A story of love affairs and artworks that never get underway, Jean-Luc Godard’s 2001 In Praise of Love is also about how our idea of Romance has changed since its beginnings in the Song of Songs, devotional Persian ghazals, Roman love poetry, and the medieval courts of Languedoc.  This distantly beautiful film reveals its characters to us by their the way their bodies are disposed in spaces, and by the content of their utterances; the camera almost never dwells on human physiognomy: indeed we often look on from afar as these people walk to and fro, and we listen in on their words as they speak off-screen or while their backs are turned.  Curiously this sometimes disorienting presentation has the enormously pleasing effect of piquing our interest in what’s happening, and our attention is held by an unusual fascination.

In her girlhood, Hélène, whose parents would be killed by the Nazis in 1942, and who would later commit suicide, rebuffed the advances of a boy whose father ran an art gallery along with hers – and now this boy, as the present-day Mayor of Paris (Rémo Forlani), is honoring her memory and his love for her by securing capital to underwrite the creative efforts of her orphaned bastard son Edgar (Bruno Putzulu): a piece called In Praise of Love.  

In the throes of a breakup with his girlfriend of ten years, the sometime boxer Edgar travels to the coast of Brittany to research Catholics who took part in the Resistance, as part of his work on a cantata dedicated to the theologian and philosopher Simone Weil.  While there, Edgar talks with the historian Jean Lacouture about World War II as a religious conflict, and about Anglo-French sympathies dating back to Shakespeare and earlier. He is invited to stay two more days, and meets an old couple (Françoise Verny and Jean Davy), two Resistance fighters who are selling their story to Steven Spielberg for a movie entitled Tristan and Isolde – after the Resistance network the couple founded – starring Juliette Binoche and written by William Styron.  The old fighter, who sold out to Hollywood in order to save the family’s hotel, tells Edgar that in his opinion the Resistance had a youth and an old age without ever passing through adulthood.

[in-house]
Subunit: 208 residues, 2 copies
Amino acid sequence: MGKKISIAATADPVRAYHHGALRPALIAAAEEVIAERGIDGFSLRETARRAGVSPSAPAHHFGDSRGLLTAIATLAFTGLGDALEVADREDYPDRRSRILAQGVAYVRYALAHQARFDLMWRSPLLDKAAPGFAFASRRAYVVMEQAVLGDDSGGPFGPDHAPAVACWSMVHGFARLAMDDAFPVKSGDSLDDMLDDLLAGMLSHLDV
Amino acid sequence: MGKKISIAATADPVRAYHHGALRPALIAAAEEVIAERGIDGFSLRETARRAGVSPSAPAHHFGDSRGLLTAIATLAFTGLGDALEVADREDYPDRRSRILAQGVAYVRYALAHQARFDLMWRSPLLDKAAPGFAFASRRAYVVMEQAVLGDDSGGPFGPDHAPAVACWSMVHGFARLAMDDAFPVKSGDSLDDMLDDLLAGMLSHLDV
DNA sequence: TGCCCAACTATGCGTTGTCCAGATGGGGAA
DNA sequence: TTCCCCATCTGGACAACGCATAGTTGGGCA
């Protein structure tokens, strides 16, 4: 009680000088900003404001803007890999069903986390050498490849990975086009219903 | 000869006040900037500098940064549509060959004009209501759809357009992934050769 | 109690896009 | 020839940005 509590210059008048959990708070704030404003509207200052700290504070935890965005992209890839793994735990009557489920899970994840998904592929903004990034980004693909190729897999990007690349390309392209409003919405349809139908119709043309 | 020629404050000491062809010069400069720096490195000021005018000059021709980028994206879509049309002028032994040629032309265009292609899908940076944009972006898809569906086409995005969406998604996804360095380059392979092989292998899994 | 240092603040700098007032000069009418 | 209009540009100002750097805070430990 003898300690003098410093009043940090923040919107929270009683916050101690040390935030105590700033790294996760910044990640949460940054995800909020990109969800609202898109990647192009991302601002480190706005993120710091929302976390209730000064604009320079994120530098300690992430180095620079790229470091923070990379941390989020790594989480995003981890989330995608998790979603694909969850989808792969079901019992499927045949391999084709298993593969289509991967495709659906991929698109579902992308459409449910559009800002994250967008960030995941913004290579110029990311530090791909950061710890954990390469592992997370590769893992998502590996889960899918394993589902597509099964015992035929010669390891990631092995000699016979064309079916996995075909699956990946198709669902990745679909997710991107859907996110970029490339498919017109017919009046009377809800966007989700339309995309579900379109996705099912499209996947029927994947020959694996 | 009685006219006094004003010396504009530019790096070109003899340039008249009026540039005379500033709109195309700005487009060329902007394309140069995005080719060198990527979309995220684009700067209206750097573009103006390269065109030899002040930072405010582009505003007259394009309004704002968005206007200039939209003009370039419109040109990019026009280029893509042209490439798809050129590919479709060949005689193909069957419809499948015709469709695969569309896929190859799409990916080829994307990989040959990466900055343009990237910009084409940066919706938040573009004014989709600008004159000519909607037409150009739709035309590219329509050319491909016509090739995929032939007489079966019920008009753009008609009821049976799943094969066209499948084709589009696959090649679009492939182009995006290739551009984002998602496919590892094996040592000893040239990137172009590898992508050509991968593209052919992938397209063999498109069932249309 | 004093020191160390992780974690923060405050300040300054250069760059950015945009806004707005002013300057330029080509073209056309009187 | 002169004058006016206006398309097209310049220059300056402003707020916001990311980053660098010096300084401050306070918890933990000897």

In the blink of an eye, Edgar first glimpses the couple’s tubercular granddaughter (Cécile Camp) through a window, as a vision of bright yellows and reds; and he first hears her speak when she challenges the visiting movie executive (Lemmy Constantine) by asking him what exactly he means by the word “American,” and by informing him that although his people have no name and no history, and although therefore they need other people’s identities, this would still be all right if they only conducted their search amicably.  She is rudely hushed by a State Department official (William Doherty) who has arrived by helicopter to make sure the deal goes through. She grumbles: “Mrs Schindler was never paid. She lives in poverty in Argentina.” The young woman sees Edgar outside and insists that he come in.

The other Resistance fighter, the old lady, prays, “Thank You, Father, for showing the babes what You hid from the wise and intelligent,” and gives the lie to all this negotiating and intellectualizing going on around her.  It is revealed that long ago, when they were young, the old man, under orders, turned the old woman in, and only married her after she’d returned from Ravensbrück and converted to Catholicism as a result of having met Geneviève de Gaulle.  The old lady says, “For four years, during the Resistance, money was reduced to a means, no longer an end.” The young woman asks her grandmother why she has kept her code name even after the war. Two children wearing traditional costumes arrive with a petition to overdub The Matrix in Breton.  Edgar rides the train back to Paris reading Chateaubriand, disembarks and slowly crosses the crowded platform.